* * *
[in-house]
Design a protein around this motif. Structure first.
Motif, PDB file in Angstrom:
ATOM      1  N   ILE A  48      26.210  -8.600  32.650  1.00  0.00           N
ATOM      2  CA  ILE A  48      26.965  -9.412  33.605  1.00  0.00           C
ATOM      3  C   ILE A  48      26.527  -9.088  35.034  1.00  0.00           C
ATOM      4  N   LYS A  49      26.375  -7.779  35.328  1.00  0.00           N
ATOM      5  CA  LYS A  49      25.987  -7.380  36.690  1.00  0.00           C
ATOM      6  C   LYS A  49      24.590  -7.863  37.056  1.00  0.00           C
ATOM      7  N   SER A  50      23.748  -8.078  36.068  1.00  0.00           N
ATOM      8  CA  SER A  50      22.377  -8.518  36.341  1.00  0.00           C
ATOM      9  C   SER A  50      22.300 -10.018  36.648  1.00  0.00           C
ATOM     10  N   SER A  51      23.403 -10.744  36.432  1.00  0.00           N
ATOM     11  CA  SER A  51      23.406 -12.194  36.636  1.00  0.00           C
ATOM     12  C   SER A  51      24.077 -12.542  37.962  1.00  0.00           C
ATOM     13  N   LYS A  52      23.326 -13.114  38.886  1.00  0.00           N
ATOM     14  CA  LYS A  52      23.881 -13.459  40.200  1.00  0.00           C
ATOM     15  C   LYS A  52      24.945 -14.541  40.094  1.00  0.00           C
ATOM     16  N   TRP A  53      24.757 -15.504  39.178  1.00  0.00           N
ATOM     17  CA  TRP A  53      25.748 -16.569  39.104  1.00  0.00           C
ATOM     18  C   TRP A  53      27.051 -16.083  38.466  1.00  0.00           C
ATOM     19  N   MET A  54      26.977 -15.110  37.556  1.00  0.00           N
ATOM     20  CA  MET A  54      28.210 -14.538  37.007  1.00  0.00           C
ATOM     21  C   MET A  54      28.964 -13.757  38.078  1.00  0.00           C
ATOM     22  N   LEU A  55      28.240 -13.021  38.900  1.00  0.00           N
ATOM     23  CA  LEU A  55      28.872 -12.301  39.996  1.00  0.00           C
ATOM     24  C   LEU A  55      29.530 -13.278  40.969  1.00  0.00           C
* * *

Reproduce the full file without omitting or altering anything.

[in-house]
Design a protein around this motif. Structure first.
Motif, PDB file in Angstrom:
ATOM      1  N   ILE A  48      26.210  -8.600  32.650  1.00  0.00           N
ATOM      2  CA  ILE A  48      26.965  -9.412  33.605  1.00  0.00           C
ATOM      3  C   ILE A  48      26.527  -9.088  35.034  1.00  0.00           C
ATOM      4  N   LYS A  49      26.375  -7.779  35.328  1.00  0.00           N
ATOM      5  CA  LYS A  49      25.987  -7.380  36.690  1.00  0.00           C
ATOM      6  C   LYS A  49      24.590  -7.863  37.056  1.00  0.00           C
ATOM      7  N   SER A  50      23.748  -8.078  36.068  1.00  0.00           N
ATOM      8  CA  SER A  50      22.377  -8.518  36.341  1.00  0.00           C
ATOM      9  C   SER A  50      22.300 -10.018  36.648  1.00  0.00           C
ATOM     10  N   SER A  51      23.403 -10.744  36.432  1.00  0.00           N
ATOM     11  CA  SER A  51      23.406 -12.194  36.636  1.00  0.00           C
ATOM     12  C   SER A  51      24.077 -12.542  37.962  1.00  0.00           C
ATOM     13  N   LYS A  52      23.326 -13.114  38.886  1.00  0.00           N
ATOM     14  CA  LYS A  52      23.881 -13.459  40.200  1.00  0.00           C
ATOM     15  C   LYS A  52      24.945 -14.541  40.094  1.00  0.00           C
ATOM     16  N   TRP A  53      24.757 -15.504  39.178  1.00  0.00           N
ATOM     17  CA  TRP A  53      25.748 -16.569  39.104  1.00  0.00           C
ATOM     18  C   TRP A  53      27.051 -16.083  38.466  1.00  0.00           C
ATOM     19  N   MET A  54      26.977 -15.110  37.556  1.00  0.00           N
ATOM     20  CA  MET A  54      28.210 -14.538  37.007  1.00  0.00           C
ATOM     21  C   MET A  54      28.964 -13.757  38.078  1.00  0.00           C
ATOM     22  N   LEU A  55      28.240 -13.021  38.900  1.00  0.00           N
ATOM     23  CA  LEU A  55      28.872 -12.301  39.996  1.00  0.00           C
ATOM     24  C   LEU A  55      29.530 -13.278  40.969  1.00  0.00           C